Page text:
The Existence Of Sweatshops Argument Economics Essay


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Essay on Sweatshops

Essay on Sweatshops

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Sweatshops, in short, are now found not only globally but in every pore of production. When ”sweated labor” first won attention in the 1840s, it was thought to be an archaic phenomenon that would yield to modern industry. But actually sweated labor is ancillary to industry, not an outdated survival. Sweatshops encircle the globe because the factory system is global.

The ”sweating system” was originally a form of labor subcontracting in which factory workers enlisted outside helpers. T. J. Dunning of the Bookbinders Union gave a concise explanation in 1860. The factory owner pays a piece wage to the regular employee, the ”sweater,” ”who takes out work to do, at the usual rate of wages, and who gets it done by others at a lower price; the difference, which is his profit, being ‘sweated’ out of those who execute the work.” Sweated labor was thus an adjunct to industry. The sweater worked in a factory with motor-driven machines, but the products often needed finishing touches applied by hand. This led to subcontracting, since semi-finished items could be taken to outworkers for finishing.

The sweater needed only material (furnished by the capitalist) and willing hands. The expropriation of the peasantry ensured that willing hands were available in abundance. And the sweated sub-workers, paid a fraction of the standard piece wage, were not merely exploited but ultra-exploited.

Initially, sweated labor was mainly handwork. Women, children and others crowded into dank cellars and cottages, where they toiled long hours at menial tasks. ”Sweatshop” was not yet a standard term. The sweated workers, many of whom were small children, often called their worksites schools: ”mistresses’ schools,” ”lace schools.” But in the 1860s the sewing machine drove the smallest children out of the sweatshop; this increasingly led sweated workers to concentrate in factory-like sites, often in tenements. Immigration, in the 1880s and after, provided fresh sources of labor. Increasingly, factory owners organized the subcontracts personally, to cut costs but also to undercut unions (by giving work to outworkers, especially Jews and Italians). An anti-sweatshop movement arose fueled by humanitarian and proletarian concerns. Several strikes, by Jewish and Italian seamstresses and male cloak workers, led to breakthrough labor agreements and solidified the garment unions.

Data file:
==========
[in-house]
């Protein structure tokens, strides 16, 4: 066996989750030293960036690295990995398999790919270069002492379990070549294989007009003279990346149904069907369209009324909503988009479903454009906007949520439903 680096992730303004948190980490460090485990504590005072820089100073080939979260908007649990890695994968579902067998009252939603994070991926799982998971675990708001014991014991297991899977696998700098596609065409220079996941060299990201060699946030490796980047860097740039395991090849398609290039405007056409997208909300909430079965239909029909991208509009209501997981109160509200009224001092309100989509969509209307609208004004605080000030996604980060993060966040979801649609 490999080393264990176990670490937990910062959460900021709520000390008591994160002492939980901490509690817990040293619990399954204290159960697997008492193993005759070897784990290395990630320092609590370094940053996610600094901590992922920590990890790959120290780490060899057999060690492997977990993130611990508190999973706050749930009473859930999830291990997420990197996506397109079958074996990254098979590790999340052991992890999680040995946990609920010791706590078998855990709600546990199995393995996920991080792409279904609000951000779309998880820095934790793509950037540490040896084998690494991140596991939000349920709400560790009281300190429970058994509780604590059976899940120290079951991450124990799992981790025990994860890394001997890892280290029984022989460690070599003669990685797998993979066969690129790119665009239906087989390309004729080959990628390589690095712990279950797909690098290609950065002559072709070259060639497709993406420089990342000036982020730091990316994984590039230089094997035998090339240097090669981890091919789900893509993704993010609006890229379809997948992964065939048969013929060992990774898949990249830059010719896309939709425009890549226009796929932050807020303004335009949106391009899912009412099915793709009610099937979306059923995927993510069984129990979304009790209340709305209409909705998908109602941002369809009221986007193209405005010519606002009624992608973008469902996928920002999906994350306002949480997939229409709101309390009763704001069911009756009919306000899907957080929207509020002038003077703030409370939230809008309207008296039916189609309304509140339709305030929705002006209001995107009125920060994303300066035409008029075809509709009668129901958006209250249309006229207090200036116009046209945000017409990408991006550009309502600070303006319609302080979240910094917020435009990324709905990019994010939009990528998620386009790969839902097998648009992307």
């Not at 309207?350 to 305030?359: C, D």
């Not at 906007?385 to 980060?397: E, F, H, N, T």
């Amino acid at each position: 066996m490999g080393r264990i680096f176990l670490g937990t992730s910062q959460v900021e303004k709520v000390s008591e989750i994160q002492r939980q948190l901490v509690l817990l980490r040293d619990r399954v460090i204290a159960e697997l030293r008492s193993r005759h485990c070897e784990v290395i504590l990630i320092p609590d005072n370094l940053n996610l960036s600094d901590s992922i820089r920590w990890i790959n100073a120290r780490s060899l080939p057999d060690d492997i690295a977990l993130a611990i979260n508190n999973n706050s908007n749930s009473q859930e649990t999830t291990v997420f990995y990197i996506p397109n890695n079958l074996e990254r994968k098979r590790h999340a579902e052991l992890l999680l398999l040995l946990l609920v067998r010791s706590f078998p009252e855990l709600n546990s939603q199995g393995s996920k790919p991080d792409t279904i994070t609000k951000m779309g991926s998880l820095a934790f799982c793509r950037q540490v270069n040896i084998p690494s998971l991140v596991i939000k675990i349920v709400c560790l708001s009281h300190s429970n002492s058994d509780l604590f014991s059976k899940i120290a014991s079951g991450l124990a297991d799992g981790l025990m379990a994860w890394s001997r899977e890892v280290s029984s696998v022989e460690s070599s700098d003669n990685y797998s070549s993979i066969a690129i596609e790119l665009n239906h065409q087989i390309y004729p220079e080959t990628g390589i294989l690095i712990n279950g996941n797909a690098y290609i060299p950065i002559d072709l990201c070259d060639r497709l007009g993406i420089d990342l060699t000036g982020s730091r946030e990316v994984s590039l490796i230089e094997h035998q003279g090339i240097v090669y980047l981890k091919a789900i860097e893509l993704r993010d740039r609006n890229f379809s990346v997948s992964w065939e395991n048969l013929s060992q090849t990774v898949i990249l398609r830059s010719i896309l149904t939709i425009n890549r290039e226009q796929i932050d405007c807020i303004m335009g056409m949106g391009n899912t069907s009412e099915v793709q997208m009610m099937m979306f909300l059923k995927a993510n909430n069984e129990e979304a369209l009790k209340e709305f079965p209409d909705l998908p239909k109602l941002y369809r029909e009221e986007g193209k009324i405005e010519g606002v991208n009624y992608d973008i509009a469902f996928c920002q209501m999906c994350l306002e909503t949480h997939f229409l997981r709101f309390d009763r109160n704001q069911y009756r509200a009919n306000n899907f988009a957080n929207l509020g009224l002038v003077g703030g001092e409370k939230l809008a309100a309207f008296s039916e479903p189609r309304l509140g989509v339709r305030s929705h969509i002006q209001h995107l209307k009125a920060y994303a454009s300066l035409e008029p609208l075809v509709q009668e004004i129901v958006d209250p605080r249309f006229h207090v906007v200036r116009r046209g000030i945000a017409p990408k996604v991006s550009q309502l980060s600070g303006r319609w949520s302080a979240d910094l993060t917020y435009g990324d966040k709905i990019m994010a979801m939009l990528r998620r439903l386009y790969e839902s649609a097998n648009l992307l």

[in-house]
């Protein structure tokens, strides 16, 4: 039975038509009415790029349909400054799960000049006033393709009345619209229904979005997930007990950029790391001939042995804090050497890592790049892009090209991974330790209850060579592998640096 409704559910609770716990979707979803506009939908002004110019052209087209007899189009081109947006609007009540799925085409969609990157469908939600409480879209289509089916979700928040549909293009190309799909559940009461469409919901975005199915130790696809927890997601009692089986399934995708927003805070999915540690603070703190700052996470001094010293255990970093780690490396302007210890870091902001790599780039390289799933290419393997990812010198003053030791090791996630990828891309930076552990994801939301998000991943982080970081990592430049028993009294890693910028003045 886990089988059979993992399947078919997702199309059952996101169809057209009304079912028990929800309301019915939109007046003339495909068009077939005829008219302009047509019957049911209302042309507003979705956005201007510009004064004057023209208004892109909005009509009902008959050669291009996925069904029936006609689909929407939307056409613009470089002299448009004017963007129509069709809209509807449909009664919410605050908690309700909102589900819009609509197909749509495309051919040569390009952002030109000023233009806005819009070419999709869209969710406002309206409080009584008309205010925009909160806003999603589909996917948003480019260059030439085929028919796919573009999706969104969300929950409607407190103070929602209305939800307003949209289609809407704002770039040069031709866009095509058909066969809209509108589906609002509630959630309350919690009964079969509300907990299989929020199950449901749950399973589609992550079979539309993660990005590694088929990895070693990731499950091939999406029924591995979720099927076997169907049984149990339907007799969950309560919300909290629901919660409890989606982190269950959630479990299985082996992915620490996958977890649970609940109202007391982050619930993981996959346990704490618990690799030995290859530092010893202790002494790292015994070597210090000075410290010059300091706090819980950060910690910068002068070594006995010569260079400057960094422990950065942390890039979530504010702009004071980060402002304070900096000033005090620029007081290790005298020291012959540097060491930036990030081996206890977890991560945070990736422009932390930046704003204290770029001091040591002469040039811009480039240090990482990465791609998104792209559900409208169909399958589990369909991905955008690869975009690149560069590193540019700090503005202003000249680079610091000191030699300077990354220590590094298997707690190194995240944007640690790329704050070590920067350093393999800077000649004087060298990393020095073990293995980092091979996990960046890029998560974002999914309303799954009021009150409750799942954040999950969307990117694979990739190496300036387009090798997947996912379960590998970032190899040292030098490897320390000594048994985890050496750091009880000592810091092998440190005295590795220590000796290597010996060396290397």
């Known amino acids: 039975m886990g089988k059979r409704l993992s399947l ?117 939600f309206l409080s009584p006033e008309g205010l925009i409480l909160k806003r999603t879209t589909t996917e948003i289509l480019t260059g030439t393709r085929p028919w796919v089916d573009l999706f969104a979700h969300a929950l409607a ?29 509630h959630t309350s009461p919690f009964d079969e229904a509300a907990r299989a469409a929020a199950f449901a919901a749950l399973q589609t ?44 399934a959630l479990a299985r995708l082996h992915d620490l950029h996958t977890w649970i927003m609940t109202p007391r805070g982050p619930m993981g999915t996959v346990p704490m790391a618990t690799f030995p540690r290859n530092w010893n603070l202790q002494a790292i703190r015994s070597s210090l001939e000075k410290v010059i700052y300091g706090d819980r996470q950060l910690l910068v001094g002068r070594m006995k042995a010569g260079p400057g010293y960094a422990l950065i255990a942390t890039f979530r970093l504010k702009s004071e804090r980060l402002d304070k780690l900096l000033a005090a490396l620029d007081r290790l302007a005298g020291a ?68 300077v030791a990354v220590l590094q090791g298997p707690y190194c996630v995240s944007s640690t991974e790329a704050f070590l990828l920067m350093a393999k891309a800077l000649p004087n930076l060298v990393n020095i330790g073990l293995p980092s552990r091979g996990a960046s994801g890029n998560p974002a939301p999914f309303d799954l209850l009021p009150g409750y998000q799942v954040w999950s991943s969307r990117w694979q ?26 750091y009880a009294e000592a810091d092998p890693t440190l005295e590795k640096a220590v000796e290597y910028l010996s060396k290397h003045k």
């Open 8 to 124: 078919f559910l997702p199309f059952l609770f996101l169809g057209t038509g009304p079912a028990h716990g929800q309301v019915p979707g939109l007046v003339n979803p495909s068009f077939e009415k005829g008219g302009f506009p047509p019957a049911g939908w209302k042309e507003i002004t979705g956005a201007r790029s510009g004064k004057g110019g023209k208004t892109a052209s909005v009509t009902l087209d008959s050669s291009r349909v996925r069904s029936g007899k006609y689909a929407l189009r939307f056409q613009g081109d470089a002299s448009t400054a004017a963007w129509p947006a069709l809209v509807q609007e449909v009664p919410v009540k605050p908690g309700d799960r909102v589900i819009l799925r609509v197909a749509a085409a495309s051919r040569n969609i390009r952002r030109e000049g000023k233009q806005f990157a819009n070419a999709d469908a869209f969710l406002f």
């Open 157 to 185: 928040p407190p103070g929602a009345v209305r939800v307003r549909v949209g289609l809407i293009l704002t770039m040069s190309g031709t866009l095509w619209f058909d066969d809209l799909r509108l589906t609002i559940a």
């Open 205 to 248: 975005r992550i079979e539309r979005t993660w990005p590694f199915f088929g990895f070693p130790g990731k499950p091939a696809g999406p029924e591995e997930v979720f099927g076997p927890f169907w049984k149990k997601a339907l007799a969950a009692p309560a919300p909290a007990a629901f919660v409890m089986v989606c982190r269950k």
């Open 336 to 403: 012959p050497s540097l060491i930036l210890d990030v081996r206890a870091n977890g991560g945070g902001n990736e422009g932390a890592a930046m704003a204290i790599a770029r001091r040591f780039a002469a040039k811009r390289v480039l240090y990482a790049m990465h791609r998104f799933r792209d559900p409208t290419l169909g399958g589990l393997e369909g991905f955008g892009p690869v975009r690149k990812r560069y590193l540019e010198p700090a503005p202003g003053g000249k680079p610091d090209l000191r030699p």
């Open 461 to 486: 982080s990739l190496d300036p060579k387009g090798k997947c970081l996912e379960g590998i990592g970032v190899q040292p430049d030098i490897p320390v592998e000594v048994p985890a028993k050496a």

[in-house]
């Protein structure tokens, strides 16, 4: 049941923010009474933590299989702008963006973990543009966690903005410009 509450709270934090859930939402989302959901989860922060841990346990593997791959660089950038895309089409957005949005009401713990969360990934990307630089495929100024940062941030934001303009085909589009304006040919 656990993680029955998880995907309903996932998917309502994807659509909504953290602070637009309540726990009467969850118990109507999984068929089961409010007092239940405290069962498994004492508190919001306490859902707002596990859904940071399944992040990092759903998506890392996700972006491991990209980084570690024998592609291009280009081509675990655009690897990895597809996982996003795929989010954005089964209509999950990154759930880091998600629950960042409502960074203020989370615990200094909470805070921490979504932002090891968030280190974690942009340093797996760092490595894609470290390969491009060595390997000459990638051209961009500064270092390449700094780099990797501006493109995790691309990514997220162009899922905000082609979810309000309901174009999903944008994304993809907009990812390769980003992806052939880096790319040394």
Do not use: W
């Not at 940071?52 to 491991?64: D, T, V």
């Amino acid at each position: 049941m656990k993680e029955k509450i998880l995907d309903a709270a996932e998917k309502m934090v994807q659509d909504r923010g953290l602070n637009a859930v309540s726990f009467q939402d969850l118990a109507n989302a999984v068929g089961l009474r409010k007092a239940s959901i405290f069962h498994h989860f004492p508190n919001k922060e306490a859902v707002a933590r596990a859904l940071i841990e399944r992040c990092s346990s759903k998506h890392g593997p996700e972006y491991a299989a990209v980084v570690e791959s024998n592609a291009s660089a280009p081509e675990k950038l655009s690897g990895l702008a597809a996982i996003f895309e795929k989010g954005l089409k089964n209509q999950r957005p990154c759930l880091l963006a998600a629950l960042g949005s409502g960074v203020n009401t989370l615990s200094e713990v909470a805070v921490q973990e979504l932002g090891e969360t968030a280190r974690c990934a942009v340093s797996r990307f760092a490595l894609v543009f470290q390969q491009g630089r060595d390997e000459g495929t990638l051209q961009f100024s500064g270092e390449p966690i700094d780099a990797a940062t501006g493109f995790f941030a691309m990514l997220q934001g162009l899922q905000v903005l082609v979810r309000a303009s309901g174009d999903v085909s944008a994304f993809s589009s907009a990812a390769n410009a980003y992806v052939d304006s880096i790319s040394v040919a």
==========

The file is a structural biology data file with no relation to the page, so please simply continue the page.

Weakened by agitation and legislation, sweatshops faded into obscurity. But after World War II new technology, from computerization to containerization, gave capital enhanced mobility. Globalized subcontracting in many forms, from ”outsourcing” to ”offshoring,” became familiar. ”Feeder plants” funneled into industry in the 1940s. Now the dynamic is to expand indefinitely in every direction. Every production process pulses along a vast supply chain – and most supply chains terminate in sweatshops, especially among new waves of immigrants and in export processing zones. And with the ascent of Walmart and other oligopoly retailers, the global retail sector has emerged as a unifying realm, merging supply chains of all kinds.

This is the present situation, in which sweatshops now serve (in Marx’s phrase) as the factory’s ”external departments” on a worldwide scale. This is plainest in the apparel industry, where the nimble fingers of ill-paid young women apply finishing touches to apparel and accessories in sweatshops all over the world. Globalization includes, and presupposes, the globalization of sweated labor.

Politically, the notion of the ”sweatshop” presupposes the legitimacy of the factory. Only when factories appear ”normal” do sweatshops appear pathological by contrast. Today, the unity of these systems is even more obvious, since the ”sweater” is usually a subsidiary or client of the firm that owns the factories. So, directly or indirectly, factory and sweatshop workers tend to have the same employers. Yet the global chain of links has grown so long that workers have a tough time seeing beyond their own workplace. The evils of sweatshops are easily seen, but the ties that bind sweatshops in Manila to investors in London are less readily visible.


  1. Dunning, T. J. (1860)  Trades  Unions and Strikes. Self-published, London.
  2. Esbenshade, J. (2004) Monitoring Sweatshops. Temple University, Philadelphia.
  3. Marx, K. (1867) [1976] Capital, vol. 1. Penguin, Harmondsworth.

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